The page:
Wyatt is appalled when he demonstrates his breakthrough amidst twiddling dials and crackling strobes to swap the minds of two chimpanzees, one calm and the other unstable. (During filming, the poor chimps both proved a handful, being untrained and adding to a less than savoury shoot at the studio’s temporary Islington sound stages). Wyatt insists that he cannot play God so ruthlessly. “No, I can’t do that” Laurience agrees softly, looking furtively away with exactly the opposite intent.

Aside from the mercifully brief vivisection - remember, this is the director who will delight children of all ages with magical nannies and an anthropomorphised Volkswagen - Stevenson also lightens the load of any ethical arguments to do with the soul until the end. Instead, Laurence is shown being laughed out of a lecture theatre for the preposterousness of his claims. It’s just as well then that he has already made a somewhat Faustian bargain with newspaper magnate Lord Haslewood, Dick’s father, played by Shakespearian stage actor Frank Cellier. In return for research funding at the mogul’s self-aggrandising Haslewood Institute, Laurience allows himself to be touted like a celebrity columnist of the cerebellum.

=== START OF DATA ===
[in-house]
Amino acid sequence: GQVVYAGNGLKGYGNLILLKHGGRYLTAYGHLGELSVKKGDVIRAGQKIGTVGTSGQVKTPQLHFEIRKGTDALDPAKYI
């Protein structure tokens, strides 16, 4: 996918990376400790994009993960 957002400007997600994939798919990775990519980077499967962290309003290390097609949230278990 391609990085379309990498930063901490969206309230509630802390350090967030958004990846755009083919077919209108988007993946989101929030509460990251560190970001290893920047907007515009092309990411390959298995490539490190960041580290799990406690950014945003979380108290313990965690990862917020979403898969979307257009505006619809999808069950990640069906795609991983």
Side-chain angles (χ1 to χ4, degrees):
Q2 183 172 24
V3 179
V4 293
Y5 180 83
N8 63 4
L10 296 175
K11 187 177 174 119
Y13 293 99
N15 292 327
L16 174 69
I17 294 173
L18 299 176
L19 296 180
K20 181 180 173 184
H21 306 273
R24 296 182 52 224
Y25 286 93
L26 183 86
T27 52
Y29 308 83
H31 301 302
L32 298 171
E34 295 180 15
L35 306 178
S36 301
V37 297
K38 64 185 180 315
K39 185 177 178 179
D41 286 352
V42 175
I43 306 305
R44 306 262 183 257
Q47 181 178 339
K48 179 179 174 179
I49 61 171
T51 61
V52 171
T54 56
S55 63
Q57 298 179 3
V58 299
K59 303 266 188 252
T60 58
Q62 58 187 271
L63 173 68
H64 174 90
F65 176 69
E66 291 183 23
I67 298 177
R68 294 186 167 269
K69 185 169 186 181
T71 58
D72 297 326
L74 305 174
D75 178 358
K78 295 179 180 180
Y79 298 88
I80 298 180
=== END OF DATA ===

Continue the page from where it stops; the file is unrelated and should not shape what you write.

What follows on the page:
Haslewood inadvertently becomes an even more involved benefactor than he would like when Laurience opts to give Clayton a new lease of life at his expense. Haslewood forces his employee’s hand to some degree by deciding to cut off Laurience’s funding and confiscate all his research under his devilish contract. Cellier is fun to watch in the set-pieces of body-swap comedy where he struggles to pass himself off as Haslewood at an editor’s meeting and with his son – almost trial runs for Stevenson of his later Disney comedy sequences. We even get a dash of naughtiness when ‘Haslewood’ realises his host’s relationship with his secretary Miss Briggs is a little more than professional. Hubert Bath’s music underlines the quirky, fanciful situations on hand.